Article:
4. Patients’ involvement in medicines regulation at the EMA
Patients’ involvement in medicines regulation at the EMA
Patients actually take the medicine and are ultimately the most important stakeholders in the approval of new medicines. Are they involved in the processes? Do they have a voice in the decisions?
The legislation outlines a number of scenarios where patients are involved.
• This page describes how the EMA works with patients: http://www.ema.europa.eu/ema/index.jsp?curl=pages/partners_and_networks/general/general_content_000317.jsp&
• Each year the EMA publishes an annual report on patient involvement in the Agency’s work. The report for 2018-2019 can be found here: https://www.ema.europa.eu/en/documents/report/stakeholder-engagement-report-2018-2019_en.pdf
Patient organisations hold two seats on the EMA Management Board. In addition to that, patient organisations have formal members in the following scientific committees:
- COMP (Committee for Orphan Medicinal Products)
- CAT (Committee for Advanced Therapies)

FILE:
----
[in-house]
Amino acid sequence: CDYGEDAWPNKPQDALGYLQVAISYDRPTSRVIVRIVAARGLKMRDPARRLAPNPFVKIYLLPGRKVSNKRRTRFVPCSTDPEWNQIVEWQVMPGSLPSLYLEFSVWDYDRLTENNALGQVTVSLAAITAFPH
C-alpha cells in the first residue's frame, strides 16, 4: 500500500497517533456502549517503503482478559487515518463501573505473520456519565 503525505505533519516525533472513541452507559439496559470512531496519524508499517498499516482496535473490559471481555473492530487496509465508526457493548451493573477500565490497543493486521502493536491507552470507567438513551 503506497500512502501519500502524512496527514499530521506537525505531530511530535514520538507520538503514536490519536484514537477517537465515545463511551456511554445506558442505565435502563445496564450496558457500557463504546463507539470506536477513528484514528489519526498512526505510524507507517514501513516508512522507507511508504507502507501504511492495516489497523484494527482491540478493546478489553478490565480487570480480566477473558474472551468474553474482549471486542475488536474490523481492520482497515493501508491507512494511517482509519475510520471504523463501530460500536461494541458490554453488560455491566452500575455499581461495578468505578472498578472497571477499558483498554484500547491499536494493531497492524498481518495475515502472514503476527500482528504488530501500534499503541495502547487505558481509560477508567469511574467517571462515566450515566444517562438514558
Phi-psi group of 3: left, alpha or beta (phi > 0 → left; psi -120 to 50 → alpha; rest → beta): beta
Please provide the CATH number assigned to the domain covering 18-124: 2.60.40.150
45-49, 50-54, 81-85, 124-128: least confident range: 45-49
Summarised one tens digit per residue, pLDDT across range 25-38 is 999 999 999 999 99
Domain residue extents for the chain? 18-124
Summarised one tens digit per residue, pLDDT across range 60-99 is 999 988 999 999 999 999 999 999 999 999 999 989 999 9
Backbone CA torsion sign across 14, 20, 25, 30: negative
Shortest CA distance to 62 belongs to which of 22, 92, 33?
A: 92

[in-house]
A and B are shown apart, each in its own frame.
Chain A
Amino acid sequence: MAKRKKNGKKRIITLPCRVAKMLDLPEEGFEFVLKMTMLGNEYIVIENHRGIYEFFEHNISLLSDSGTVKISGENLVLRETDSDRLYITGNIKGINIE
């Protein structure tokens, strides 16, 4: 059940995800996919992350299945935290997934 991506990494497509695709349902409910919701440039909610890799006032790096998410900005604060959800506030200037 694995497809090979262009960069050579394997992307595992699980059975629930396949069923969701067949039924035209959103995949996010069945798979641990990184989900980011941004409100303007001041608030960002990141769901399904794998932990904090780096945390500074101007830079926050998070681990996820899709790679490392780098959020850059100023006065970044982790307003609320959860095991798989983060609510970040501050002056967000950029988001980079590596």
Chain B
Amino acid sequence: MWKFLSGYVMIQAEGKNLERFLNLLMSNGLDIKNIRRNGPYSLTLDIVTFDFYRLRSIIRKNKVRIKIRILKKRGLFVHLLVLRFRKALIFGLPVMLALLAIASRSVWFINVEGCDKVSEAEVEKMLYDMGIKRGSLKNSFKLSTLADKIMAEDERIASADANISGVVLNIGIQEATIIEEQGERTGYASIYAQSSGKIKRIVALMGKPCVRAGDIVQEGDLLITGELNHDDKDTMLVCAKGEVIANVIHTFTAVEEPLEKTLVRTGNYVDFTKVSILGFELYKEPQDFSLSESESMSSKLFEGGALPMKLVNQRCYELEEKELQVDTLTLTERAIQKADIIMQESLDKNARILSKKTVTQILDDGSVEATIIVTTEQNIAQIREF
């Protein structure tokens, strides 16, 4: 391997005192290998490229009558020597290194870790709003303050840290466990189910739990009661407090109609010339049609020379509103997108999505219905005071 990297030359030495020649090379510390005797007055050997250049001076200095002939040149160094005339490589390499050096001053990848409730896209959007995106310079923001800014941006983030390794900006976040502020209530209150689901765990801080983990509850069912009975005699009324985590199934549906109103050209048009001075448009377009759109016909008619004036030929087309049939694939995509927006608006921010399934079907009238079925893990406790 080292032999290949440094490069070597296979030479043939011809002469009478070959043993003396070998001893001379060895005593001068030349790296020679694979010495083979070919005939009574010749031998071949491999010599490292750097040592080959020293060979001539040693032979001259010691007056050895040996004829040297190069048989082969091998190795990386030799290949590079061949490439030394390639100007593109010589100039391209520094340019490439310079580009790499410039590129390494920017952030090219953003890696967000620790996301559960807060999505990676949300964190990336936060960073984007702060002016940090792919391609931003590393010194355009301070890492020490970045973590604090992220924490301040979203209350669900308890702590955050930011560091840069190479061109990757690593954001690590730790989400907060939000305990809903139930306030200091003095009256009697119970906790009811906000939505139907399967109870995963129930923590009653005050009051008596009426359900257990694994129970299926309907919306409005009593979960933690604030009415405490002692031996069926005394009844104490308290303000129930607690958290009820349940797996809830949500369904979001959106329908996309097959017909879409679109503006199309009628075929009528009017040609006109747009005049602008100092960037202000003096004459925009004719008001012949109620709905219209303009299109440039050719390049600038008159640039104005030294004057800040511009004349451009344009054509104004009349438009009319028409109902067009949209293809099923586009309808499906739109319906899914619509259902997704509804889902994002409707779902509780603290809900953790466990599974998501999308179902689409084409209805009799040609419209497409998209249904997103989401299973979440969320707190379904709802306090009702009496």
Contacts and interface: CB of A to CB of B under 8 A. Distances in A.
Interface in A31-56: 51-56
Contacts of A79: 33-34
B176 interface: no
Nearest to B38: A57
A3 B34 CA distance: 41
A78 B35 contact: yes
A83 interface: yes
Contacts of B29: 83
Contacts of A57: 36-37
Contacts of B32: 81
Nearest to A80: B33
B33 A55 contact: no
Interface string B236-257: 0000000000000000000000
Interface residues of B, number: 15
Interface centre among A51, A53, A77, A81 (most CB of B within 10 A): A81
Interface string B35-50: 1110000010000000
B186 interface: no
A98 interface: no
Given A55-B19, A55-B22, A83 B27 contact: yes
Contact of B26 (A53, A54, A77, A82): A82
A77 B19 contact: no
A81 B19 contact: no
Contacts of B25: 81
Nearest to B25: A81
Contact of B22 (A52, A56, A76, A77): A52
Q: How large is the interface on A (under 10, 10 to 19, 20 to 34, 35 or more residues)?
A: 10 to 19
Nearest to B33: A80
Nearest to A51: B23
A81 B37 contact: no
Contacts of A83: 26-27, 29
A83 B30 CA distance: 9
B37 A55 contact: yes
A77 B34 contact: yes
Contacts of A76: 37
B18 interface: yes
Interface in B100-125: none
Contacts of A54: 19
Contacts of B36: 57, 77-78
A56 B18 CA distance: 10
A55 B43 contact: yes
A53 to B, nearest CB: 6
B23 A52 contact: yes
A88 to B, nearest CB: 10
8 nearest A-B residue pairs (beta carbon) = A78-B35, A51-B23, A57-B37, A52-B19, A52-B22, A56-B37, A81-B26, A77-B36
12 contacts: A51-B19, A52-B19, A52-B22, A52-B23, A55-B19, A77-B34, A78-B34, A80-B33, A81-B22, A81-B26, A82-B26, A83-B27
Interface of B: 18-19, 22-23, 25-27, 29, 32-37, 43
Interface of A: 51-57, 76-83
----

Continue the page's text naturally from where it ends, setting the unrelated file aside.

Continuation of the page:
- PDCO (Paediatric Committee)
- PRAC (Pharmacovigilance Risk Assessment Committee)
Evaluation of medicines for marketing authorisation is primarily the responsibility of the Committee for Human Medicinal Products (CHMP). While the committee membership does not include patients, when needed the CHMP invites patients to attend meetings in person and also consults patients in writing.
During the evaluation of a medicine, the pharmaceutical company may be invited to attend the CHMP meeting to respond to questions raised by the committee. Depending on the specific issues raised, a patient may also be invited to give their perspective and provide input and share their opinions on the benefits and the risks related to the medicine under discussion.).
Prior to submitting an application for MA, a pharmaceutical company may ask for scientific advice from the EMA. Clinical trials can be very costly. Therefore, advice may be advantageous to avoid using a wrong design of the trial. The CHMP has a particular working party for this purpose, the SAWP (Scientific Advice Working Party). More specific advice from the SAWP, known as ‘protocol assistance’, may also be sought for new medicines designated as ‘orphan medicines’. The SAWP most often involves patient organisations in a scientific advice process.
In many cases, CHMP may ask for advice from a Scientific Advisory Group (SAG) or an ad hoc expert panel. SAGs are set up in a number of therapeutic areas. Patient organisations may be involved in the SAG or expert group handling of a CHMP request. This is happening quite frequently.
EMA Video on SAG
EMA has created a working party to facilitate collaboration with patients. The Working Party with Patients’ and Consumers’ organisations (PCWP) meets four times a year.